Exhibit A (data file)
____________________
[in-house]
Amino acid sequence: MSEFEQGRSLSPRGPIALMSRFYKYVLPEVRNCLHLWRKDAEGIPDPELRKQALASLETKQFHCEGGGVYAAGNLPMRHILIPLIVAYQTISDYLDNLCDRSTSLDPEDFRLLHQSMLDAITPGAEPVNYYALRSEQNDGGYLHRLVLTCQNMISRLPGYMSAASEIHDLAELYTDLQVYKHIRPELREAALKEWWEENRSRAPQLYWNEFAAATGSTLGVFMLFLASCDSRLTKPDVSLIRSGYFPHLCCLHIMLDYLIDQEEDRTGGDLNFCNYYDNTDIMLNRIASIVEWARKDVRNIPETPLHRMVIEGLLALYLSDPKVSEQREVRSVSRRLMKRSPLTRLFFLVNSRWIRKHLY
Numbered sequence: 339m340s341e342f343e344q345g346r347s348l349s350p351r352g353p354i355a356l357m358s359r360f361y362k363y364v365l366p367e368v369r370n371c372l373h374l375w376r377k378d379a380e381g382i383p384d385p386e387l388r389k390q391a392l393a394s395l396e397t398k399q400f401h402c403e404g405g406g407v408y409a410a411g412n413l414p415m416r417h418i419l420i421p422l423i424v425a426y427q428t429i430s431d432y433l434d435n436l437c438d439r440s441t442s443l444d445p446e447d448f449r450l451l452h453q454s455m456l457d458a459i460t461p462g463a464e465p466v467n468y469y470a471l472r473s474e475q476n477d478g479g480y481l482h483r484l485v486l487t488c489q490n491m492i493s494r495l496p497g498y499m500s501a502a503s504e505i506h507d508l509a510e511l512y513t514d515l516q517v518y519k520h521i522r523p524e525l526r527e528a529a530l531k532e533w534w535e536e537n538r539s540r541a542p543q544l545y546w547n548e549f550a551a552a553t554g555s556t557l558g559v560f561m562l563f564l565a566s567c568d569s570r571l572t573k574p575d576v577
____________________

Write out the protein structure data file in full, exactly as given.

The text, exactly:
[in-house]
Amino acid sequence: MSEFEQGRSLSPRGPIALMSRFYKYVLPEVRNCLHLWRKDAEGIPDPELRKQALASLETKQFHCEGGGVYAAGNLPMRHILIPLIVAYQTISDYLDNLCDRSTSLDPEDFRLLHQSMLDAITPGAEPVNYYALRSEQNDGGYLHRLVLTCQNMISRLPGYMSAASEIHDLAELYTDLQVYKHIRPELREAALKEWWEENRSRAPQLYWNEFAAATGSTLGVFMLFLASCDSRLTKPDVSLIRSGYFPHLCCLHIMLDYLIDQEEDRTGGDLNFCNYYDNTDIMLNRIASIVEWARKDVRNIPETPLHRMVIEGLLALYLSDPKVSEQREVRSVSRRLMKRSPLTRLFFLVNSRWIRKHLY
Numbered sequence: 339m340s341e342f343e344q345g346r347s348l349s350p351r352g353p354i355a356l357m358s359r360f361y362k363y364v365l366p367e368v369r370n371c372l373h374l375w376r377k378d379a380e381g382i383p384d385p386e387l388r389k390q391a392l393a394s395l396e397t398k399q400f401h402c403e404g405g406g407v408y409a410a411g412n413l414p415m416r417h418i419l420i421p422l423i424v425a426y427q428t429i430s431d432y433l434d435n436l437c438d439r440s441t442s443l444d445p446e447d448f449r450l451l452h453q454s455m456l457d458a459i460t461p462g463a464e465p466v467n468y469y470a471l472r473s474e475q476n477d478g479g480y481l482h483r484l485v486l487t488c489q490n491m492i493s494r495l496p497g498y499m500s501a502a503s504e505i506h507d508l509a510e511l512y513t514d515l516q517v518y519k520h521i522r523p524e525l526r527e528a529a530l531k532e533w534w535e536e537n538r539s540r541a542p543q544l545y546w547n548e549f550a551a552a553t554g555s556t557l558g559v560f561m562l563f564l565a566s567c568d569s570r571l572t573k574p575d576v577